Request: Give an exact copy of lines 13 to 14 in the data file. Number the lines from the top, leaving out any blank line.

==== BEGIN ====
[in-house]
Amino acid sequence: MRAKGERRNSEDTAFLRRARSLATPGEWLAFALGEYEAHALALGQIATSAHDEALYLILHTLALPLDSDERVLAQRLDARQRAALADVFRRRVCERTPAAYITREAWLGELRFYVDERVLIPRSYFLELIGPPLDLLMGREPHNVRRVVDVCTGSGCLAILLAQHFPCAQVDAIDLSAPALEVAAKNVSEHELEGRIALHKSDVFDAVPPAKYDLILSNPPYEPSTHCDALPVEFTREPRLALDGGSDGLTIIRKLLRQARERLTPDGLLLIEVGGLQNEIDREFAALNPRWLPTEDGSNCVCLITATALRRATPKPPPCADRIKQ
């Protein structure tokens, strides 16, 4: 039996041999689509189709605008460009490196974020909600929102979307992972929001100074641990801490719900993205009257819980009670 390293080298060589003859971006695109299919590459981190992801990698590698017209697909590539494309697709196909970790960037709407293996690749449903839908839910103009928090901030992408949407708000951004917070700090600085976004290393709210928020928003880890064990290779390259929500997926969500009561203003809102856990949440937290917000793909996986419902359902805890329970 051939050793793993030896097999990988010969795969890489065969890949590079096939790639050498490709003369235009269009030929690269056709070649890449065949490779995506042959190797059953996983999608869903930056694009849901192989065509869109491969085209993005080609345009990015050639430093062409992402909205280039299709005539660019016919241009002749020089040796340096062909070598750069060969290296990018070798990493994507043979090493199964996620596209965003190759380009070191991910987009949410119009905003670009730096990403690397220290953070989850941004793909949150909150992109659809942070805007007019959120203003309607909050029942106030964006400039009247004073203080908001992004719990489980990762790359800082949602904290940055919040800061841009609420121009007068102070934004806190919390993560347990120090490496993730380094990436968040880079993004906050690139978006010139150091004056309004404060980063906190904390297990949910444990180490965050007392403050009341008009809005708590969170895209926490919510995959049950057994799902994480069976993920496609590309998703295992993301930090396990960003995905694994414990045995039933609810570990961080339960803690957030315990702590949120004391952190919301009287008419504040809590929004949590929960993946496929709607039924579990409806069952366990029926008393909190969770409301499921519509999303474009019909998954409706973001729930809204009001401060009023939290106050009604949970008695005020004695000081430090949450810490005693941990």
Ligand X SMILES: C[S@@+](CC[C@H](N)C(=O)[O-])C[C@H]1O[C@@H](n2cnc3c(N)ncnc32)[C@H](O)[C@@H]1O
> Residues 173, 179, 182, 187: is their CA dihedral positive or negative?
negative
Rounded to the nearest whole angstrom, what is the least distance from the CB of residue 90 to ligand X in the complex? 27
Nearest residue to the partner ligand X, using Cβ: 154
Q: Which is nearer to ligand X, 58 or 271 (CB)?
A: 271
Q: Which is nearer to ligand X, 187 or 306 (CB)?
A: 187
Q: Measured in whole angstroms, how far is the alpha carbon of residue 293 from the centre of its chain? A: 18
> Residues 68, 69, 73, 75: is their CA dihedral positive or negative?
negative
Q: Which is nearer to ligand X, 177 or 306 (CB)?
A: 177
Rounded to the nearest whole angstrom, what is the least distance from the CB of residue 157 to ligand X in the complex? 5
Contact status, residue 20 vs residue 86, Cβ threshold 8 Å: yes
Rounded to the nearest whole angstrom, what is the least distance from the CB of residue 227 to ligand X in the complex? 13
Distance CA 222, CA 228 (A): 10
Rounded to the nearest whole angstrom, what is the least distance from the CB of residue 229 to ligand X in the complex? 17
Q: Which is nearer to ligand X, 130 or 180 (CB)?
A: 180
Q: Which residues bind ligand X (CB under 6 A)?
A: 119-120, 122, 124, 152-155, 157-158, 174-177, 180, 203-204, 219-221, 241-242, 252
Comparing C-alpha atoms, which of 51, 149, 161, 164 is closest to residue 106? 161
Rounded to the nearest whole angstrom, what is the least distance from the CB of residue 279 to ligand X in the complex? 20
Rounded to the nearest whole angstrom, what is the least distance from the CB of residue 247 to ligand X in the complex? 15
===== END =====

Q: Measured in whole angstroms, how far is the alpha carbon of residue 293 from the centre of its chain? A: 18
> Residues 68, 69, 73, 75: is their CA dihedral positive or negative?